The U.S. alternative energy car market had its ups and downs this year but several bright spots lit the way.
Our most popular stories by page-view ranking were about leading-edge cars expected on the near horizon.
This may sound normal, and it is – people always like what is new and perceived significant – but looking deeper it may also be an indicator of where the market is at this present time. Society is still mired in an oil-dependent way of life and many forward-thinking readers routinely search for developments promising to shift this state of affairs.
Factors that tempered the market this year – besides inexpensive gas that pulled consumers to trucks and SUVs – included that two of the top-three PEVs – the Chevy Volt and Nissan Leaf – were entering their fifth year, and sales were down in anticipation of new products.
Likewise the top-selling alternative energy vehicle, the Toyota Prius, is down nearly 14 percent year over year – not as substantially as the two top plug-ins, but a much-higher-volume car – and its 2016 replacement is due early next year.
A host of other factors also played a part, but here’s the positive news: next-generation vehicles do promise to pick up the stride. Battery costs have come down faster than predicted, and regulations continue to spur automakers while consumers in turn have had over a half decade to gain appreciation for advanced electrified technology.
Following are 2015’s highest-ranking topics with related stories linked in with each entry.
5. Next-Gen Nissan Leaf
The Nissan Leaf has been a pioneer that’s plowed the way for EVs to follow, has sold over 200,000 worldwide since December 2010 but what was the top Leaf story in 2015?
Answer: One about the next generation Leaf that no one has seen yet! Our story titled What We Know about the 2017 Leaf outlined what is known without going out on a conjectural limb about the new Leaf.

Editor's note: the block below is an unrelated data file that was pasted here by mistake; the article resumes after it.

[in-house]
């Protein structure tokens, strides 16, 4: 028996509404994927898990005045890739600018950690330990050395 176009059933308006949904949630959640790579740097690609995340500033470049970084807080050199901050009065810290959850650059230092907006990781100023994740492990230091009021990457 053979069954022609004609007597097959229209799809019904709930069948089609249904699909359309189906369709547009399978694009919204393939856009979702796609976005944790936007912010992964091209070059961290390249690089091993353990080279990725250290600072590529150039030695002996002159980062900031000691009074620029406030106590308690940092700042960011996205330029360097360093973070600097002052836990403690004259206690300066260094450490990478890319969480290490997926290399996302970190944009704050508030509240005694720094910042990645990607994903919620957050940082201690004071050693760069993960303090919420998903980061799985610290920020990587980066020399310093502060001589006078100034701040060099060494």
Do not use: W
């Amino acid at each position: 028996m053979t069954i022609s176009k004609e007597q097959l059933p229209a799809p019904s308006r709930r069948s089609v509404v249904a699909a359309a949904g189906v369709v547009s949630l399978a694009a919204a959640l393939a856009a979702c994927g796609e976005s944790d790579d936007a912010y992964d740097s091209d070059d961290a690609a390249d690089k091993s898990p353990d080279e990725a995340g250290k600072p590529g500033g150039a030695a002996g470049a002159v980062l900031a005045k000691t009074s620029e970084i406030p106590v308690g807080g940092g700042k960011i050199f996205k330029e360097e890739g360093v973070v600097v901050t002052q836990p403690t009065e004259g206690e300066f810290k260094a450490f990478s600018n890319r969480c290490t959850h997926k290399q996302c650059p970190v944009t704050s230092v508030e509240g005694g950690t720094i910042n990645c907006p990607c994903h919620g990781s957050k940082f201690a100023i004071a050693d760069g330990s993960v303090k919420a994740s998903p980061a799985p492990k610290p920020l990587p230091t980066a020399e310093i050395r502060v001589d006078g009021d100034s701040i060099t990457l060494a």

Actually our 2013 Leaf review and video also attracted a fair number of eyeballs, but another popular story on the future Leaf was one of a few about a 250-mile range battery the Japanese automaker has waiting in the wings.
Short summary: CEO Carlos Ghosn has said range anxiety will no longer be an issue in just a little while.
Stylistically the new Leaf is supposed to veer toward mainstream, and for around the same price point, could yield 200-250 miles as a viable alternative to the 2017 Chevy Bolt – which will arrive first – and Tesla Model 3.
4. 2016 Chevy Volt
Arguably a story of the year, the first plug-in car to received a complete redesign was anticipated in 2014, shown January 2015 in Detroit, and interest has been strong all year.
It only went on sale in October in California and 10 other states following its emission rules, to the dismay of many, but stories leading to that included 6 Ways The 2016 Volt Has Been Improved.
Based on Volt-owner feedback, most wishes were granted and minor complaints were fixed – to a point. The four seater is now a five seater, if you count the middle back seating position atop the battery along with modest legroom. Electric range from an 18.4-kwh battery pack bumps 2015’s unofficial 40-miles electric range to 53, and the gas mpg in hybrid mode is now 42 on regular gas instead of 37 on premium.